7. Transfeminism is actively employed all over the world these days, but I’d like this blog to become a resource not merely for transfeminist ethics (i.e. is this-or-that current event a BadThing™ from a transfeminist point of view), but for transfeminist meta-ethics. What does the trans* perspective tell us about ethical systems themselves? How should we advocate for ethical systems to change, given the wisdom and knowledge gained from trans* experiences and trans* histories? Mary Daly gave us Gyn/Ecology not merely to hand down from on high a new list of feminist ethical positions, but to encourage each of us to think about women, to think as women where possible, when deciding how to live our ethics, live our lives. As often as possible, I wish to encourage a parallel quest through the meta-ethics of transfeminism.
  8. While secondary to the quest above, I would also like this blog to become a space where we document a history of transfeminism. I wish people to come here to record what they know of their own and/or others transfeminist efforts. Part of being an invisibilized population is doing invisible work. This blog should make that work visible.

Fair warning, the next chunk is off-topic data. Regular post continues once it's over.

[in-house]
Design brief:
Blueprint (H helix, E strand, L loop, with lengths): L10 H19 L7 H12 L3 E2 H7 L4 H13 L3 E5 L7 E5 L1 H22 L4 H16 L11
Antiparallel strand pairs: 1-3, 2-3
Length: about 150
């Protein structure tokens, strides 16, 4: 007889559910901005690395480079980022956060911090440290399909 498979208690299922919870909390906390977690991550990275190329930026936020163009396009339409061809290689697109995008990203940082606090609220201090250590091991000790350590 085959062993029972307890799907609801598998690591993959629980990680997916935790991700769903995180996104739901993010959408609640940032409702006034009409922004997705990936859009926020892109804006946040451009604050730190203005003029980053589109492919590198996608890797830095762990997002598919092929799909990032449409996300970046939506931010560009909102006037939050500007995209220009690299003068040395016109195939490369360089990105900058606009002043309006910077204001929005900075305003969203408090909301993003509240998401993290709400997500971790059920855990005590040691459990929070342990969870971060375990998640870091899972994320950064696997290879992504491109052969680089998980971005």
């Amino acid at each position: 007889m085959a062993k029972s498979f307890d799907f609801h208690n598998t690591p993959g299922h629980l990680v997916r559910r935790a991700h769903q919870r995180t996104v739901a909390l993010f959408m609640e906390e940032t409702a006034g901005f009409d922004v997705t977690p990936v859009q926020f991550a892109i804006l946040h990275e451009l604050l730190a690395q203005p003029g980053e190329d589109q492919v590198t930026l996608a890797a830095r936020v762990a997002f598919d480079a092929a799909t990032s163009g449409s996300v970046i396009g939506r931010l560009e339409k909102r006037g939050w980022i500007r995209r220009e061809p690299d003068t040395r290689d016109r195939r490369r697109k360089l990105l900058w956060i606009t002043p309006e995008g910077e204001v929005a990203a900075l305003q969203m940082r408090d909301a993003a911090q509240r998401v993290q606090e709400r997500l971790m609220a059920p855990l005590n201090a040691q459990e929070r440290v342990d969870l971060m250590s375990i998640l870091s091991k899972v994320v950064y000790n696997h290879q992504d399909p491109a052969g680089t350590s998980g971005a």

9. Finally, I would like this blog to be a place where people come to appreciate their own value. I have made a name for myself elsewhere through mercilessly shredding bad ideas, bad statements, bad arguments. While that will certainly continue here, I want the work of this blog to create self-awareness and self-appreciation. At its best, I hope the blog will increase self-love.

Recording these goals gives me a record against which to compare my blogging practices, a record which will hopefully help me remain productive and remain consistent with my values. It also gives any readers better tools to hold me accountable: if I am undermining any of the above goals, please let me know. I only become better through being made aware of my mistakes.

Recording these goals also provides something else: a mark against which to note my growth. Should I be lucky enough to continue blogging for years, it is inevitable that I’ll see some change in these goals. Though I will never wish to undermine them, some of these have the possibility of being sufficiently completed that they will no longer function as priorities. When that happens, I hope to set new goals, new priorities. If I’m very, very lucky, I’ll have a readership that will educate me enough that their perspectives will help determine those goals.

Thank you for reading. I hope always to be worth your time.